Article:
Laugh, Clown, Laugh (1928)

Passed   |    |  Drama


Laugh, Clown, Laugh (1928) Poster

A professional clown and a self-indulgent count learn to help each other with their problems, but then become romantic rivals.


7.6/10
1,606

Photos

  • Lon Chaney and Loretta Young in Laugh, Clown, Laugh (1928)
  • Lon Chaney in Laugh, Clown, Laugh (1928)
  • Lon Chaney and Loretta Young in Laugh, Clown, Laugh (1928)
  • Lon Chaney in Laugh, Clown, Laugh (1928)
  • Loretta Young in Laugh, Clown, Laugh (1928)
  • Lon Chaney in Laugh, Clown, Laugh (1928)

See all photos

Get More From IMDb

For an enhanced browsing experience, get the IMDb app on your smartphone or tablet.

Get the IMDb app

Reviews & Commentary

Add a Review


User Reviews


5 July 2004 | Leahcurry
Love can break your heart
"Laugh, Clown, Laugh" is a very sad movie, much like "He Who Gets Slapped", only much more heartrending. There is no horror, and the only special makeup is clown makeup. Lon Chaney finds an abandoned toddler, naming her Simonetta to appease his partner Simon. The movie wastes no time into getting to the main plot, involving a teenaged Simonetta (played by a 15-year old Loretta Young), who the circus coordinator says should look like a woman in order to join Tito's and Simon's act.

Tito (Chaney) has loved Simonetta from the time he finds her as a toddler. When he tells her she needs a rose in her hair, Simonetta goes to the gardens of Count Ravelli (Nils Asther), where they grow. She scrapes her legs over the barbed wire fence, and Count Ravelli sees her and takes her into his house to tend to her. He is a womanizer, and immediately becomes infatuated with her. He verbalizes his love, and says the prophetic "What an alluring woman you could be." Maybe it encourages her, even after she learns to her horror that he is a womanizer, because later that day, she is dressed like a woman and amazes Tito.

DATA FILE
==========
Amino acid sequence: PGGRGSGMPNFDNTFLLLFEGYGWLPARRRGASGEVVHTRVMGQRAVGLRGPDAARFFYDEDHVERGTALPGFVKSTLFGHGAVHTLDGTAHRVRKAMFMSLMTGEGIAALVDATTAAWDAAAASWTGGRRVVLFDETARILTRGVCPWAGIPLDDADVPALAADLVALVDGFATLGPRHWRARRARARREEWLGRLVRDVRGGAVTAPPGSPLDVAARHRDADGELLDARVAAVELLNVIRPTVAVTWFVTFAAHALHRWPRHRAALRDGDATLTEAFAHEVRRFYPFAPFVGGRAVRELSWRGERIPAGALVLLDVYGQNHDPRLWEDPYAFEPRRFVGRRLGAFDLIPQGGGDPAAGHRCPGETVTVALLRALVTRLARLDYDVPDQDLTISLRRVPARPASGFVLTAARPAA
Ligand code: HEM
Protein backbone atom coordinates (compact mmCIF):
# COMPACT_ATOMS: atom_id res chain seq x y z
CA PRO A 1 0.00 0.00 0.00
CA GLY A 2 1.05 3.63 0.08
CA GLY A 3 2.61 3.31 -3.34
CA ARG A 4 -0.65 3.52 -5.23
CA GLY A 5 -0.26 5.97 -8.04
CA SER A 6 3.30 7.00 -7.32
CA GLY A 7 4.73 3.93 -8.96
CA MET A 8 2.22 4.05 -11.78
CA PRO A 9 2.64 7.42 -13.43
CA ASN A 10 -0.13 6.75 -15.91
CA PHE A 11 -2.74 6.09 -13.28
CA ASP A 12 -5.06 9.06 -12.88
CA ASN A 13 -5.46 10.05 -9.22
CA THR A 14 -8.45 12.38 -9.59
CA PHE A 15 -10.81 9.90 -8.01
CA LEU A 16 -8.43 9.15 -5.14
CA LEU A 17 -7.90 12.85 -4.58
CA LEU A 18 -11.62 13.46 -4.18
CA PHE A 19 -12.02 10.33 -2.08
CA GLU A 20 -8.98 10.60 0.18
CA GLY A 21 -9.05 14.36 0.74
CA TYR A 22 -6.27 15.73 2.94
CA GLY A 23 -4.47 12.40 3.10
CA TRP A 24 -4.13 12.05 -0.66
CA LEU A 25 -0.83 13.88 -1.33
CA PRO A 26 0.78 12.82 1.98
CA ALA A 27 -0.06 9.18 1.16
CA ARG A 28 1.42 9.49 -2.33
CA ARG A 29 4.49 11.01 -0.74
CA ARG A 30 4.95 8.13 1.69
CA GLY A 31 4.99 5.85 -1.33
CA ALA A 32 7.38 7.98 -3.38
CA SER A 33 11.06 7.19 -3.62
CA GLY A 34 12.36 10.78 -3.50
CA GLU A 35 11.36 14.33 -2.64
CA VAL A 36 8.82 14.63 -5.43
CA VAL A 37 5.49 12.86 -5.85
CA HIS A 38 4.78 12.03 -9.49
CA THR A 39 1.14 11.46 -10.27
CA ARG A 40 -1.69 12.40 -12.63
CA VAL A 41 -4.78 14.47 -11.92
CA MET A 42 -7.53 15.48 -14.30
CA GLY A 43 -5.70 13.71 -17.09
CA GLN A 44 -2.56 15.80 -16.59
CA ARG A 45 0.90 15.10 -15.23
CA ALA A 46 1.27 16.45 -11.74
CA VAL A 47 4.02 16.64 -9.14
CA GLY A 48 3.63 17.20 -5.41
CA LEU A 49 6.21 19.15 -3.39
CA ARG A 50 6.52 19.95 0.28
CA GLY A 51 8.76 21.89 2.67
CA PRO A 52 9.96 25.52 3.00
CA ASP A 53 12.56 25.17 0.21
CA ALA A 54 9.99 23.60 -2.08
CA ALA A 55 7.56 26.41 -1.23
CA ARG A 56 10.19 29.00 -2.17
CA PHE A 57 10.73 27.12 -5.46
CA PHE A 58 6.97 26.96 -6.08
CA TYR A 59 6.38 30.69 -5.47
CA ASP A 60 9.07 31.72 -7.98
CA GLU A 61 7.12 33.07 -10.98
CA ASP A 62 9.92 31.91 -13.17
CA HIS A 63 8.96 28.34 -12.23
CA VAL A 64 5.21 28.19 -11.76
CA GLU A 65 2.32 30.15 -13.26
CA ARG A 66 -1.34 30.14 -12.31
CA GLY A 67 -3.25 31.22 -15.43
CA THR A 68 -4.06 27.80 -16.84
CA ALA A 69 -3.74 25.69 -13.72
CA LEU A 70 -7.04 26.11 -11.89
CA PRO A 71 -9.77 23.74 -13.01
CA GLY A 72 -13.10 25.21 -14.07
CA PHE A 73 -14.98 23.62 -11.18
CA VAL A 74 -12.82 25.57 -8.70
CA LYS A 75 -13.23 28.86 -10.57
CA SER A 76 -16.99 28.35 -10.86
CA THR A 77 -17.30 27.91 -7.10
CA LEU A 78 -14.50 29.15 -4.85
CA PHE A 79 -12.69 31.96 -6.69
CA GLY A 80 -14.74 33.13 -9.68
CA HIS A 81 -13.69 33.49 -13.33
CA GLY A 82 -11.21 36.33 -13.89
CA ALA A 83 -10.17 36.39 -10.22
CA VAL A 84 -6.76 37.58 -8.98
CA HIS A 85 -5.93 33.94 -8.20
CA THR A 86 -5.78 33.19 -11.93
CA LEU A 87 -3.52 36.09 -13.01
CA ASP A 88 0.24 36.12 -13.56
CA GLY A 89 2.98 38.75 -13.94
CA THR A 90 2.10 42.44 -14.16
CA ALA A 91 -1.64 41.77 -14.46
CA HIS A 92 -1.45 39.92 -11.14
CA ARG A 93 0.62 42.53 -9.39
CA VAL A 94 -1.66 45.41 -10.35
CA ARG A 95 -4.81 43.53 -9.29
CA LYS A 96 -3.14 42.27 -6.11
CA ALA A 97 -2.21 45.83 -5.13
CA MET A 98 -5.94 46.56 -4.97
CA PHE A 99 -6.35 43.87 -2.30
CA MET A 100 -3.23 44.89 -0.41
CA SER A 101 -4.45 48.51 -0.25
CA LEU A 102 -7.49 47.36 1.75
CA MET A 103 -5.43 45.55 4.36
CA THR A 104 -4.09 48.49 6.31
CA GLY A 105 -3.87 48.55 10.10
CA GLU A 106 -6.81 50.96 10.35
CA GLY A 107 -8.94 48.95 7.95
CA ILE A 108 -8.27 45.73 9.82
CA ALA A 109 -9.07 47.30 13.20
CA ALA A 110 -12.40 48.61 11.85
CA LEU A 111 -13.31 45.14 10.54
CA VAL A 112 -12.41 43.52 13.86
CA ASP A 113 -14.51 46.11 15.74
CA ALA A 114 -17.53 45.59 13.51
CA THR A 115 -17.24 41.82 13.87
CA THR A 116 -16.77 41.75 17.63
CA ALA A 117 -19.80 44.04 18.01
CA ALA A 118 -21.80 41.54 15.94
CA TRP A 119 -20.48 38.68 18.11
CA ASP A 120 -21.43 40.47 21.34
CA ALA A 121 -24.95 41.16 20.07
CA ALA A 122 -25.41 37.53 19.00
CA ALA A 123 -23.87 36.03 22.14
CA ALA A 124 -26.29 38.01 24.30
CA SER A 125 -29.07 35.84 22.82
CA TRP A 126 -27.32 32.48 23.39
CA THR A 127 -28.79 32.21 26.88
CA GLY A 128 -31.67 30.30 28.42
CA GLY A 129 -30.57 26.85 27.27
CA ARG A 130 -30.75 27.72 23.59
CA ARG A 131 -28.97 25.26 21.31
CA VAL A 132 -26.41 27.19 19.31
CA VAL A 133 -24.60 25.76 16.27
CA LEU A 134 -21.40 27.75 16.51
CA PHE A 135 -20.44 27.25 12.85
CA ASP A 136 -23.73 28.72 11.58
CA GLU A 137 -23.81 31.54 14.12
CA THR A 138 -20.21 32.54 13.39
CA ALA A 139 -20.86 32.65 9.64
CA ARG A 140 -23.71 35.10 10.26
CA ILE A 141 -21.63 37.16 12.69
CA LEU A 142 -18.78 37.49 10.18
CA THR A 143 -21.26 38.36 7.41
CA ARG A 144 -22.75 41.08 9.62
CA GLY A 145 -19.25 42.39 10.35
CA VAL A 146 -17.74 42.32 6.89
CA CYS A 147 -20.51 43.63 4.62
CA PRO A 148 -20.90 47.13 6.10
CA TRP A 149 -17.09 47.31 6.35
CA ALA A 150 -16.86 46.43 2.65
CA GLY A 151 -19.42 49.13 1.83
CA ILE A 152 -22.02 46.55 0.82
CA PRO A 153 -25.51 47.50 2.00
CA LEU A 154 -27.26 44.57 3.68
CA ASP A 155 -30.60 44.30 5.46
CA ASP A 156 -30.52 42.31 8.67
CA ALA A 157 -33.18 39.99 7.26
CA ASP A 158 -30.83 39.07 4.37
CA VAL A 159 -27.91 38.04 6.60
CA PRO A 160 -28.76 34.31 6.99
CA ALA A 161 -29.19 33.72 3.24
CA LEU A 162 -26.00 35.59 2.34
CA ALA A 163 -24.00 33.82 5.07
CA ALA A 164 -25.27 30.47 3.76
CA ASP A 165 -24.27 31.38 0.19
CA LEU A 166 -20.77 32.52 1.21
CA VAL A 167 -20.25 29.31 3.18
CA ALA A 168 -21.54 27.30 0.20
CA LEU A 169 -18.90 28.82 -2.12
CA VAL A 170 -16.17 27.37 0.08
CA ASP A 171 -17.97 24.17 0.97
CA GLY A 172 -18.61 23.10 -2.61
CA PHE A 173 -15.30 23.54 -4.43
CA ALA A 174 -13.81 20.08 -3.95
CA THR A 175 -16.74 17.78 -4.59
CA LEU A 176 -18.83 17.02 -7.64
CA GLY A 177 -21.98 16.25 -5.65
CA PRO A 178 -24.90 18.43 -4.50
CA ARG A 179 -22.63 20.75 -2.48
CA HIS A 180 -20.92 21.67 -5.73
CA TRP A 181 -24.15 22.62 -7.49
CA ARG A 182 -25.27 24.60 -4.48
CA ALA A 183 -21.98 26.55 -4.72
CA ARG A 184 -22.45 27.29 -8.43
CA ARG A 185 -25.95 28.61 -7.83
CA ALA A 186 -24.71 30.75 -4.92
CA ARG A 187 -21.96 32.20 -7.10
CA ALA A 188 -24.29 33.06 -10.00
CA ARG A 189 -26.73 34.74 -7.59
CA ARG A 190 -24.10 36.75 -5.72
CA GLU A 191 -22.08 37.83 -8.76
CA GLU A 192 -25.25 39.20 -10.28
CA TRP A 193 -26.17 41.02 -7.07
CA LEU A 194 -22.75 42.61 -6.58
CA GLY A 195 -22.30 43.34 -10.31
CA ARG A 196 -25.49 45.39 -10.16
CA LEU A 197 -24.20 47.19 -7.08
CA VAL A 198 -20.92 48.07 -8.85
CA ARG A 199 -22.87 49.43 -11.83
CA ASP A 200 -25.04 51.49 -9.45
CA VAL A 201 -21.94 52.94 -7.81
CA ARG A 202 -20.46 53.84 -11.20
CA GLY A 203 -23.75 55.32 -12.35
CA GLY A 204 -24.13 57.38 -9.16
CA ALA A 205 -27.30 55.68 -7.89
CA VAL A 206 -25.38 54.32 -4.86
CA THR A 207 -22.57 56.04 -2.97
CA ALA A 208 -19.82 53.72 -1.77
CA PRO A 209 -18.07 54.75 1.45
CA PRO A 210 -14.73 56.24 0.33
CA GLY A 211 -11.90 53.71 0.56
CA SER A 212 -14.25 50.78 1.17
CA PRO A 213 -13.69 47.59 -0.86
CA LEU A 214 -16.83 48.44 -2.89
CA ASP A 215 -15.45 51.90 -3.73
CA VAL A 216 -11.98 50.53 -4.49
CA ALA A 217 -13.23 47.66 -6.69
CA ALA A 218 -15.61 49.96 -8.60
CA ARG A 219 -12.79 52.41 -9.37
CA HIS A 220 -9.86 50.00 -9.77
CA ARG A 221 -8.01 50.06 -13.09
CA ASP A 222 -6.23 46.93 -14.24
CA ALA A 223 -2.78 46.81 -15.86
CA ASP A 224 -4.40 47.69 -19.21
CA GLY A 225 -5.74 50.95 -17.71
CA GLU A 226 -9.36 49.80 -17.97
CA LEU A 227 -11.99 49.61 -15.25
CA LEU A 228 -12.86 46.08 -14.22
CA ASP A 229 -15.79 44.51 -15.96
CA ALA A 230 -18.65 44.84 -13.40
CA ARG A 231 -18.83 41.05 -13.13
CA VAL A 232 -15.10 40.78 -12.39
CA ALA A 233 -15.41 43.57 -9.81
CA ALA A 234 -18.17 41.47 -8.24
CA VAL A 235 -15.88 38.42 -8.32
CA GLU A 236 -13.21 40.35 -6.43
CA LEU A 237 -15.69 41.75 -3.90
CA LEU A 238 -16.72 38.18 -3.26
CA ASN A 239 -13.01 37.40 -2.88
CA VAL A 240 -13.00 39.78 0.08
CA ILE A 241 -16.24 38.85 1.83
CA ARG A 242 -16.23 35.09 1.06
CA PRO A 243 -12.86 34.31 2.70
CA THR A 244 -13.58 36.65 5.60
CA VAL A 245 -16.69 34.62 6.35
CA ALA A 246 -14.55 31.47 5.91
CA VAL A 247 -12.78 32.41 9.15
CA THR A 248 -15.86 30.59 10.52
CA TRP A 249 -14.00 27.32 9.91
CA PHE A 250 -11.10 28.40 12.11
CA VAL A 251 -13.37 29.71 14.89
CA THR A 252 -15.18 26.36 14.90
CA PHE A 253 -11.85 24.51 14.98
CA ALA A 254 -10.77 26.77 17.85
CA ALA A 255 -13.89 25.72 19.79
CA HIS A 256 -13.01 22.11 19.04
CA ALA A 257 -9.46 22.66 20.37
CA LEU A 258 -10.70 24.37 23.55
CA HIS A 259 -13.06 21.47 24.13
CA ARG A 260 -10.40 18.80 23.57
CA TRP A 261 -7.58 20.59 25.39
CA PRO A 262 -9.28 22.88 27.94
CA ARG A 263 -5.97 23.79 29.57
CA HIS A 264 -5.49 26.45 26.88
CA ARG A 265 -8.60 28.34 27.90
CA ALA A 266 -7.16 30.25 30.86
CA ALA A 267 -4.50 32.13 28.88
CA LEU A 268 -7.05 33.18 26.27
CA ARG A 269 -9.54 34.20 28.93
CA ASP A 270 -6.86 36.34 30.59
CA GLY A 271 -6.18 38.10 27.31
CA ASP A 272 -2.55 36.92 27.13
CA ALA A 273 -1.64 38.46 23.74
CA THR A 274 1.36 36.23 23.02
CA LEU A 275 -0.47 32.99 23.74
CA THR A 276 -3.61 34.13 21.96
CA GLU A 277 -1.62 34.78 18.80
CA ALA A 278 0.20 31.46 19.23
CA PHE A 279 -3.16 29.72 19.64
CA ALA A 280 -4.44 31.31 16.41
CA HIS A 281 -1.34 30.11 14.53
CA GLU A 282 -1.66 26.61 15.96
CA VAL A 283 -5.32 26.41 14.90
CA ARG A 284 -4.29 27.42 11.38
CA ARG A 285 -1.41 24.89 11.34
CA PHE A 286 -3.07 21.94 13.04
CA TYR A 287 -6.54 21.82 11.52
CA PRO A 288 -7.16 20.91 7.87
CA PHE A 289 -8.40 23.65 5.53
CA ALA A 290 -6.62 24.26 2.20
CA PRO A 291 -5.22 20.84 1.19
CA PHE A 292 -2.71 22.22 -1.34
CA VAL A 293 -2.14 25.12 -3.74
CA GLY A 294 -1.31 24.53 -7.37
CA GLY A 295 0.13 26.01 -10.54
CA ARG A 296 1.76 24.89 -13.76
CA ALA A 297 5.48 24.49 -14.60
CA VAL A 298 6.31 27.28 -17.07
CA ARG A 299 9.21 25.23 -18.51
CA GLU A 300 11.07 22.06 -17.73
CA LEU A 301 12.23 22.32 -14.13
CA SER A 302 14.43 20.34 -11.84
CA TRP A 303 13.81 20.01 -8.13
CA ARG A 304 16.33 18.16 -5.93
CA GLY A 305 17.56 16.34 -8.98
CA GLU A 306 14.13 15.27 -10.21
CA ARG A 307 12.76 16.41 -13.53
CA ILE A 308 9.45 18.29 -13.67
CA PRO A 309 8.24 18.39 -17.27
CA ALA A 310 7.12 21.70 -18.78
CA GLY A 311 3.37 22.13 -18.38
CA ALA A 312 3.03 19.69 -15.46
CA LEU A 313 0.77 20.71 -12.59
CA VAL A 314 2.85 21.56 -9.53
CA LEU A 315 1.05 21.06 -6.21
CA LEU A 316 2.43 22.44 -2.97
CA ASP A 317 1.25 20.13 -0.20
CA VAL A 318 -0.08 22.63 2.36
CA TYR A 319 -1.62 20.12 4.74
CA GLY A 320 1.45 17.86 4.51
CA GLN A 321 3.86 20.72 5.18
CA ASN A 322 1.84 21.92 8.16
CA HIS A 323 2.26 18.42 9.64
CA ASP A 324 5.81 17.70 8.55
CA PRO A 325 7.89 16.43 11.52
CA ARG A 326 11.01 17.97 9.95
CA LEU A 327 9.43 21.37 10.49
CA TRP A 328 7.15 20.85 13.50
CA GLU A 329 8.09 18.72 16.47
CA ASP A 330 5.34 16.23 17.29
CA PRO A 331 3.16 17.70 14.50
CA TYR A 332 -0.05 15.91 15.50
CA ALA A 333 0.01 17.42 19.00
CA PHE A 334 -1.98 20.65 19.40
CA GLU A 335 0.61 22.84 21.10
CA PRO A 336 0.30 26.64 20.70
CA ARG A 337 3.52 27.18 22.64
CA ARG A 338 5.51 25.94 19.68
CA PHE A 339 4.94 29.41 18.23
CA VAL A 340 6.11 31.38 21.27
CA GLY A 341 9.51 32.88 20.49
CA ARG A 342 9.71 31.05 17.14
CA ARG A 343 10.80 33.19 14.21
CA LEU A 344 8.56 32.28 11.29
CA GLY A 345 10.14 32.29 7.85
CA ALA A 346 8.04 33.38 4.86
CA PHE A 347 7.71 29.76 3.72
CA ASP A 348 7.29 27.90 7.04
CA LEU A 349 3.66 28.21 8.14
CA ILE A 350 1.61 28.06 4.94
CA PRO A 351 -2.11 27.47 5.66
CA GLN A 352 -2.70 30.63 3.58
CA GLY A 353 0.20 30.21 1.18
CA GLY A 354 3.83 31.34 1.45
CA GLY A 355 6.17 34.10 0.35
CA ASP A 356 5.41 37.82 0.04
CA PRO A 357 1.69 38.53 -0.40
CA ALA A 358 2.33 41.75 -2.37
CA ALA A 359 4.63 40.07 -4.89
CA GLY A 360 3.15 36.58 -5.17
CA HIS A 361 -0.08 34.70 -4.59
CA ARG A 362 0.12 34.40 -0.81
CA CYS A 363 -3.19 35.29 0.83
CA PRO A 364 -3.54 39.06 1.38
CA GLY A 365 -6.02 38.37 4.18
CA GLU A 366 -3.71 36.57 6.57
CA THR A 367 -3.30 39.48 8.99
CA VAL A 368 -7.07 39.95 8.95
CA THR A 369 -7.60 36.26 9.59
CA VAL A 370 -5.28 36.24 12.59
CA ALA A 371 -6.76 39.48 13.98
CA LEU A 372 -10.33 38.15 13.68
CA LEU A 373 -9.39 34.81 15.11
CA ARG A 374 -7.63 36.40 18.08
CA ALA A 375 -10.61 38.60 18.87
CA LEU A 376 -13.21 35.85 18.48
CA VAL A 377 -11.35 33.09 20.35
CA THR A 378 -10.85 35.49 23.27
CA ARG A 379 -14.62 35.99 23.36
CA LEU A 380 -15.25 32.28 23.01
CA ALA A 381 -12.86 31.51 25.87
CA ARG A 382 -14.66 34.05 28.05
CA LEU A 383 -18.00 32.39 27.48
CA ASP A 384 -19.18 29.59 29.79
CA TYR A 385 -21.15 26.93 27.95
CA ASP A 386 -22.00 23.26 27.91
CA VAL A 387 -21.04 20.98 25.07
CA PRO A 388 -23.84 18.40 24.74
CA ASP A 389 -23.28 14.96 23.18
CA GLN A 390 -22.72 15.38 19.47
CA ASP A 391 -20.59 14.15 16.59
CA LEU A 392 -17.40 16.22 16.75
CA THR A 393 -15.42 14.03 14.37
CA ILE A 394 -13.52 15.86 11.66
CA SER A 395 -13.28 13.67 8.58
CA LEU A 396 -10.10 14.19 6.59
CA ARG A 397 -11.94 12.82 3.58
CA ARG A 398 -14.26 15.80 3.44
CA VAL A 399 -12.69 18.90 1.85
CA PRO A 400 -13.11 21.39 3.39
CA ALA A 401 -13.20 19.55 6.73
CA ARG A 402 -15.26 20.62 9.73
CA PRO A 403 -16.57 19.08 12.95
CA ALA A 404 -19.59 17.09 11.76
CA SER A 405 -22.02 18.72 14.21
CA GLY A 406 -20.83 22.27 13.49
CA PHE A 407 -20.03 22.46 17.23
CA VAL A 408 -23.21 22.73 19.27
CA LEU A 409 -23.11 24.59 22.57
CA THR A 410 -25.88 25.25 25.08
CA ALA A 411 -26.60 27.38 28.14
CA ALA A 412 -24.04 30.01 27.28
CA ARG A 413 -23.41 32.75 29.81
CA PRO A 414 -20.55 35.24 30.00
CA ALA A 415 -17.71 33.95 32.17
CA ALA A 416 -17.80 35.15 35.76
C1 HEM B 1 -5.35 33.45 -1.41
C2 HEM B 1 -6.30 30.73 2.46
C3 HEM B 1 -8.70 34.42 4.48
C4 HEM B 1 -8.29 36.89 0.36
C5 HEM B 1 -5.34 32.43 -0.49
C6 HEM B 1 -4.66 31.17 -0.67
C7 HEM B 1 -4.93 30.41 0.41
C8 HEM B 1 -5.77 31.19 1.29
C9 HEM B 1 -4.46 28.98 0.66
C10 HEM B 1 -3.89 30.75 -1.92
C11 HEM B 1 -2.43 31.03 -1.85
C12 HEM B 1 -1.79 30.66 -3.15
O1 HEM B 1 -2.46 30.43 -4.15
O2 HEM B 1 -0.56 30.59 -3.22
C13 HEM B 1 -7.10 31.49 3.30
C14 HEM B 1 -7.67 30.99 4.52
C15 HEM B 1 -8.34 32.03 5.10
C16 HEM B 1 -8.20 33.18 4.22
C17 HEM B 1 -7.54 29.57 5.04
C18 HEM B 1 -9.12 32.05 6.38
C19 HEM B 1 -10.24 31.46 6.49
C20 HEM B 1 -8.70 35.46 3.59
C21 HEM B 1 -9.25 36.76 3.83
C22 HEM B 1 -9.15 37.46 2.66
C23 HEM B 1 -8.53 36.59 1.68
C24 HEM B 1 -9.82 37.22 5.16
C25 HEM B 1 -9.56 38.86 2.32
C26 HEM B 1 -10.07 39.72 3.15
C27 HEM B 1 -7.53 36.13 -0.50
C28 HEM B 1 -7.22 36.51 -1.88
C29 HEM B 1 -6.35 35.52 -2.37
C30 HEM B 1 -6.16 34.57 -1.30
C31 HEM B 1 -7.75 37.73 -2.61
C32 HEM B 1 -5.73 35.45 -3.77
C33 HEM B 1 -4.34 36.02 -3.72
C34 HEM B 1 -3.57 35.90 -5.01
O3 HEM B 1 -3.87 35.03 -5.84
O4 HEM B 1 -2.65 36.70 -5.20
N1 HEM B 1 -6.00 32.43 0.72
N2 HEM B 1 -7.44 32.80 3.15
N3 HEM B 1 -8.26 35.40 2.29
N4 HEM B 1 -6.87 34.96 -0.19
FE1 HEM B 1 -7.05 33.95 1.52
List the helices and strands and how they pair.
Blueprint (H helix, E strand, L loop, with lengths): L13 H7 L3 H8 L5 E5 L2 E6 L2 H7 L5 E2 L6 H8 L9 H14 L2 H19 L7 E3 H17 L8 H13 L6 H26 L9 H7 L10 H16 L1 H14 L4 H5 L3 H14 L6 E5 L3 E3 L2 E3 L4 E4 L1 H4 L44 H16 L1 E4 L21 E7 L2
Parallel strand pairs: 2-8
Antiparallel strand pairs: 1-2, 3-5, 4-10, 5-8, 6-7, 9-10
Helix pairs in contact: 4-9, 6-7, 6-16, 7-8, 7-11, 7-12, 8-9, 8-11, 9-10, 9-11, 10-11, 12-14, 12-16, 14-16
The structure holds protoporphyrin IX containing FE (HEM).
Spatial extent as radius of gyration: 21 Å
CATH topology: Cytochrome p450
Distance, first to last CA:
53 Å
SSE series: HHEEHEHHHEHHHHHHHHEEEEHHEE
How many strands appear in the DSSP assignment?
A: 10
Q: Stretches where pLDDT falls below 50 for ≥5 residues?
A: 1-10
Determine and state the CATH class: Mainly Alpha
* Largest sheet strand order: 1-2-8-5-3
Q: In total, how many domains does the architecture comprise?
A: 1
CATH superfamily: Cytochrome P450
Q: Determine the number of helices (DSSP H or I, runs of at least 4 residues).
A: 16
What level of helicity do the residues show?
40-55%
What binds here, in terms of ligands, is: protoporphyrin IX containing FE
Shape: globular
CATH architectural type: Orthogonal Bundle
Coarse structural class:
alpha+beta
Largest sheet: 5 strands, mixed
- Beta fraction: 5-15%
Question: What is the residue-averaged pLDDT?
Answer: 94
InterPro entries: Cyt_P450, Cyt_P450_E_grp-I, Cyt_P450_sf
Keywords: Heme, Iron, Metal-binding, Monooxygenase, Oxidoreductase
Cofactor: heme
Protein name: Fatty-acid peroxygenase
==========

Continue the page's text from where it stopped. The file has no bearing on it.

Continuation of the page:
Both men are now passionately in love with her, and suffer uncontrollable emotions as a result (the Count's is laughter, and Tito's is crying). Three years later, the two men meet at a neurologist's and decide to cure each other, not yet knowing they are both in love with Simonetta.

After they recover, they learn. Count Ravelli gives Simonetta some pearls, which Loretta and Lon Chaney initially reject--until they read the accompanying note. Then, things get really complicated.

Each performance is excellent throughout. Chaney gives an excellent performance, though his quick transformation from a fatherly love to one that borders on incest. Tito is not the kind of man who is given to that kind of passion, and he doesn't like it, knowing it is wrong. Nils Asther is not dramatic or as convincing as Lon Chaney, but then, who can outshine Chaney? No one. Count Ravelli's transformation is more plausible because Loretta Young makes Simonetta innocent and pure, who by her virtues slowly changes him from a reckless womanizer to a devoted lover. All three deserve praise, and don't be surprised if you want to watch it more than once. It may be sad, but it is also sweet.

Critic Reviews


Which Oscar Nominee Did Alan Ruck Get Mistaken For?

Alan Ruck of Ferris Bueller's Day Off and "Succession" plays "Never Have I Ever," where he shares his worst audition and how he was surprised to be mistaken for an Oscar nominee.

Watch now

Featured on IMDb

Join us Sunday, Sept. 22, at 8 p.m. ET/5 p.m. PT for IMDb LIVE After the Emmys, with exclusive interviews, and more. Plus, see what IMDb editors are watching this month.

Around The Web

 | 

Powered by ZergNet

More To Explore

Search on Amazon.com